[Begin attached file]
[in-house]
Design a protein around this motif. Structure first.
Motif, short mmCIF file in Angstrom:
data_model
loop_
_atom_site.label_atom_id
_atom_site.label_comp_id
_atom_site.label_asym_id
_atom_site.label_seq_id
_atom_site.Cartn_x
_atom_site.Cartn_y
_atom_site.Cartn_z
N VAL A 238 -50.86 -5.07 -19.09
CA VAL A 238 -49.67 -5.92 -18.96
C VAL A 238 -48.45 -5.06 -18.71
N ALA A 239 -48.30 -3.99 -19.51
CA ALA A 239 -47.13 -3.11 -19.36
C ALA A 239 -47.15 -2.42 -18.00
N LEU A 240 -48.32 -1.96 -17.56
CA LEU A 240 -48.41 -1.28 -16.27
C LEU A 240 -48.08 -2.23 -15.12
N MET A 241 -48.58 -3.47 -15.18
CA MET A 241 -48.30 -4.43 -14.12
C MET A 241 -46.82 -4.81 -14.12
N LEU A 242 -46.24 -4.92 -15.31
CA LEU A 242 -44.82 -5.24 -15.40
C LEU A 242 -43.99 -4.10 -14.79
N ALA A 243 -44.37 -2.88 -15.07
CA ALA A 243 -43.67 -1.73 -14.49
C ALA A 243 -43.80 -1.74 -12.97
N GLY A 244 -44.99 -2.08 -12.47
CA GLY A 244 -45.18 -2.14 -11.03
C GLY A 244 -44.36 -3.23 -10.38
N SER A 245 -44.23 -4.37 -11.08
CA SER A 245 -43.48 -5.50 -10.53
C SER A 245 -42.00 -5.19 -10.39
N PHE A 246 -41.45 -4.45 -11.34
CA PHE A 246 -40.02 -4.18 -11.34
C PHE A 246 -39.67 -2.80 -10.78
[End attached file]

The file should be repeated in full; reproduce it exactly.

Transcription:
[in-house]
Design a protein around this motif. Structure first.
Motif, short mmCIF file in Angstrom:
data_model
loop_
_atom_site.label_atom_id
_atom_site.label_comp_id
_atom_site.label_asym_id
_atom_site.label_seq_id
_atom_site.Cartn_x
_atom_site.Cartn_y
_atom_site.Cartn_z
N VAL A 238 -50.86 -5.07 -19.09
CA VAL A 238 -49.67 -5.92 -18.96
C VAL A 238 -48.45 -5.06 -18.71
N ALA A 239 -48.30 -3.99 -19.51
CA ALA A 239 -47.13 -3.11 -19.36
C ALA A 239 -47.15 -2.42 -18.00
N LEU A 240 -48.32 -1.96 -17.56
CA LEU A 240 -48.41 -1.28 -16.27
C LEU A 240 -48.08 -2.23 -15.12
N MET A 241 -48.58 -3.47 -15.18
CA MET A 241 -48.30 -4.43 -14.12
C MET A 241 -46.82 -4.81 -14.12
N LEU A 242 -46.24 -4.92 -15.31
CA LEU A 242 -44.82 -5.24 -15.40
C LEU A 242 -43.99 -4.10 -14.79
N ALA A 243 -44.37 -2.88 -15.07
CA ALA A 243 -43.67 -1.73 -14.49
C ALA A 243 -43.80 -1.74 -12.97
N GLY A 244 -44.99 -2.08 -12.47
CA GLY A 244 -45.18 -2.14 -11.03
C GLY A 244 -44.36 -3.23 -10.38
N SER A 245 -44.23 -4.37 -11.08
CA SER A 245 -43.48 -5.50 -10.53
C SER A 245 -42.00 -5.19 -10.39
N PHE A 246 -41.45 -4.45 -11.34
CA PHE A 246 -40.02 -4.18 -11.34
C PHE A 246 -39.67 -2.80 -10.78